Fender Mexican Standard Stratocaster review

Fender's entry level Standard Series Stratocaster just got better.

  • £429
  • $690
There is no more iconic design than the Stratocaster
(Image: © Guitarist Magazine)

MusicRadar Verdict

The Mexican Standard Strat benefits from subtle refinements that make for better playing and a better sounding guitar.


  • +

    Player-friendly neck. Robust tone from the bridge pickup.


  • -

    Not the most pleasing sunburst hue.

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Of all of the electric guitar designs available on these shores, converse with anyone connected to music retail and they're likely to tell you that Mexican Fender Stratocasters and Telecasters are comfortably among the biggest sellers.

A combination of solid build quality, great value for money and that all-important Fender logo on the headstock ensure their enduring success with guitarists.

Despite this, Fender is keen not to rest on its laurels and instead keeps the range bang up to date and ahead of the competition. As a result, perhaps even the gap between these instruments and the more expensive American Series is narrowing.


That there is no more iconic electric guitar design than the Standard Stratocaster is a given, but it's reasonable to say that the periodical reorganisation of the Fender range and its demarcations might leave some prospective buyers scratching their heads.

There are just so many Stratocasters at so many price points these days that even we feel a little bewildered on occasion. Although for some, 'Standard Stratocaster' is a label that evokes an American-made instrument.

For the last couple of years, Standard Series Fenders have represented the bulk of the Mexican Ensenada factory's output alongside the Classic Series vintage reissues.

The Mexican Standard Stratocaster initially looks pretty much identical to its predecessor, but on close inspection there are a number of subtle, yet significant differences.

Immediately on removal of the guitar from the padded Fender gig bag - which is now included in the purchase price - the guitar's neck feels welcoming and sleek, with a thin coat of satin polyester varnish sealing the attractive one-piece white maple.

Fender's modern 'C' neck profile is a decent palm full, with playability as a whole benefiting from fatter, flatter medium jumbo fretwire that facilitates easier bends and feels modern, while retaining enough Fender character.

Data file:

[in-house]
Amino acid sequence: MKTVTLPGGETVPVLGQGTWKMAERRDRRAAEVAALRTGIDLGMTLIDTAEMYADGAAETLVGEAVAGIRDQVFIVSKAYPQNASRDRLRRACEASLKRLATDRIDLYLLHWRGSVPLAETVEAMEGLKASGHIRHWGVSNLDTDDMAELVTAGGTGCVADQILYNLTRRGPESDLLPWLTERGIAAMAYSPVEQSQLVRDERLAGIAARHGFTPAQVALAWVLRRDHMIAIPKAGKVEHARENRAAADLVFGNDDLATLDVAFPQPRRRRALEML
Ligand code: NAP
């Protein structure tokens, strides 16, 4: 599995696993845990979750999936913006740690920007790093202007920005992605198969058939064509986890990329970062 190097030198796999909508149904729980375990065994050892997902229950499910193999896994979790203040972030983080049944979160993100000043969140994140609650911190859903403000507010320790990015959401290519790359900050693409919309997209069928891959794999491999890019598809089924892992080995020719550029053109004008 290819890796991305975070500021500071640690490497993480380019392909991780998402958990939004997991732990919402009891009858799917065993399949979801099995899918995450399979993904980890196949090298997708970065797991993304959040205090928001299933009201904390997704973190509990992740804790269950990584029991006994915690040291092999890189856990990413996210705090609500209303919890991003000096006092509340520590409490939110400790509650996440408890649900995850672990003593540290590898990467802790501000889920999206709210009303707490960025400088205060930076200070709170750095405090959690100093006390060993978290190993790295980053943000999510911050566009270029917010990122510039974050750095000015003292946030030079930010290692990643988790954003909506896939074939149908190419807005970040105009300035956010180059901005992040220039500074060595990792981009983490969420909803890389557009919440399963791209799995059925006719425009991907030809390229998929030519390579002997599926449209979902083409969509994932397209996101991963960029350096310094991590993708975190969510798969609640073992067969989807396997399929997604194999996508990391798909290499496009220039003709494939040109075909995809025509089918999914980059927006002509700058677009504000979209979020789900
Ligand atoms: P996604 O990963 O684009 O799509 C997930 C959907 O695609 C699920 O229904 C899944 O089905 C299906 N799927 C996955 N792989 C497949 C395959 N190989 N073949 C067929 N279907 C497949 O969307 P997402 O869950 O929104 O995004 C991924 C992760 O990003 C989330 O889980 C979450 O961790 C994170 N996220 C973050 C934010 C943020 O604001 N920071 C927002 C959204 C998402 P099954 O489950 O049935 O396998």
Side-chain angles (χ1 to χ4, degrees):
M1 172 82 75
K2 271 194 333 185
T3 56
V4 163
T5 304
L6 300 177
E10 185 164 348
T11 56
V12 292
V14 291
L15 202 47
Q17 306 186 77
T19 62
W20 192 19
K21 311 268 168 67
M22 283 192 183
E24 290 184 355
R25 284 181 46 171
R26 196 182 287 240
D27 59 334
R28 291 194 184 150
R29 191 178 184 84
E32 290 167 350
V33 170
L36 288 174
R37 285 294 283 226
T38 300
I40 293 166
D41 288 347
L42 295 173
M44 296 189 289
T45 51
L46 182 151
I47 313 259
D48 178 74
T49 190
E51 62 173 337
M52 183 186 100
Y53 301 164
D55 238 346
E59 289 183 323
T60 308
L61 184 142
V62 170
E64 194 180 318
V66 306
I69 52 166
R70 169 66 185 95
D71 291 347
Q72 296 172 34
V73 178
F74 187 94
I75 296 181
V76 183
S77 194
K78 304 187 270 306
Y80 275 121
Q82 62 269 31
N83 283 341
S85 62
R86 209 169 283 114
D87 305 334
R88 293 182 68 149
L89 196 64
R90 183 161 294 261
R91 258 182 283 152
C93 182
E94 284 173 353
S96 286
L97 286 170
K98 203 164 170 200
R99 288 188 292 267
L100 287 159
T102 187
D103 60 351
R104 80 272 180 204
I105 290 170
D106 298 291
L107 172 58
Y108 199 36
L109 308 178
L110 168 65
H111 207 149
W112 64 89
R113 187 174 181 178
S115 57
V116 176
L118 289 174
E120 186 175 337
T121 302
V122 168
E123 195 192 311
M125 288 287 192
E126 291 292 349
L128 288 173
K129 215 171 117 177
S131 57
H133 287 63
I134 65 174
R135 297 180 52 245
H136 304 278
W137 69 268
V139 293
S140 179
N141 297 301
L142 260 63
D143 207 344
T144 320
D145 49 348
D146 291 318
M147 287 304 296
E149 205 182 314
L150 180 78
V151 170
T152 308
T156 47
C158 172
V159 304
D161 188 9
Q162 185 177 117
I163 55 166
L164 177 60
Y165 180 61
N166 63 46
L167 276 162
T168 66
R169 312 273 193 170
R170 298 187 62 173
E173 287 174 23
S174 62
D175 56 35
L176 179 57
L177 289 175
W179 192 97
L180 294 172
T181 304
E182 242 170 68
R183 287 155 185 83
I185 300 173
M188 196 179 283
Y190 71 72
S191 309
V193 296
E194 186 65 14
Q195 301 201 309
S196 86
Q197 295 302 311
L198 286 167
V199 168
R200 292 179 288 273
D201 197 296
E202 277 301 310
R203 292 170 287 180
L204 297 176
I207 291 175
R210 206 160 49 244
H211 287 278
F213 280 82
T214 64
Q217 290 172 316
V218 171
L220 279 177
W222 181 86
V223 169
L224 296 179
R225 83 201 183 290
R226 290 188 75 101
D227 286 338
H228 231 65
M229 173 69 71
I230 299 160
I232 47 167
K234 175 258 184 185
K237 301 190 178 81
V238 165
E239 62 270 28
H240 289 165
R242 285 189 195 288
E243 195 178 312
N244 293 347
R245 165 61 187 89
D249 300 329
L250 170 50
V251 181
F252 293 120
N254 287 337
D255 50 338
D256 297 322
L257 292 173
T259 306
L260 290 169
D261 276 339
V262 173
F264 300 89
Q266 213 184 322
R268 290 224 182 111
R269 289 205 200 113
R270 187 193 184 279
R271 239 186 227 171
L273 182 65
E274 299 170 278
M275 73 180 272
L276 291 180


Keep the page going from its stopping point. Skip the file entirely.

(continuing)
The ball ends of the strings are now anchored by a larger, higher mass bridge block to aid sustain and beef up the vintage-style synchronised vibrato.

Our only real reservation on a visual level is that the brown sunburst polyester finish applied to the alder body isn't the most attractive or vintage authentic of hues, and the sensuous, timeless curves of the Stratocaster body seem just a touch squarer and the guitar a little less svelte in this incarnation.

Electronically, there are no surprises, and the expected configuration of five-way pickup selector blade switch, master volume and individual tones for the neck and middle single-coils.


On flipping to the Strat's bridge pickup through a nice low-powered valve combo, it's immediately noticeable that the tone seems a little more robust than we expected, which in part must be down to the new bridge block.

It's never going to suit those bottom-heavy metal rhythm sounds, but it can cope comfortably with a huge range from Beatle-esque wiry jangle to ballsy alternative rock, especially with the sixth string tuned to D or below and more esoteric chord voicings employed in the case of the later.

A maple-necked Strat will probably always sound a touch brighter than a rosewood, so it's worth A/B testing both versions before choosing.

While the middle and neck pickups are not exactly oozing woody spank in quite the same way as a good vintage example or Custom Shop Time Machine, there's more than enough of the essential Stratocaster character to do the business in any of the myriad genres in which this instrument excels.

The neck position in particular is a superb voice for smoky electric blues and, when backed off, those cleaner Frusciante moments.

The 'in-between' positions two and four aren't quite as quacky as some, and although for some this is a good thing, the relative merits of such things are rather subjective depending upon exactly what you want from your Strat.

The new internal shielding seems to contribute to better behaviour in terms of extraneous noise, even when hooked up in front of a computer monitor.

Ultimately though, upgrading to noise-free units from the likes of Kinman or Fender's own Noiseless pickups is the only solution if 60-cycle hum is to be banished completely.

Chris Vinnicombe worked with us here on the MusicRadar team from the site's initial launch way back in 2007, and also contributed to Guitarist magazine as Features Editor until 2014, as well as Total Guitar magazine, amongst others. These days he can be found at Gibson Guitars, where he is editor-in-chief.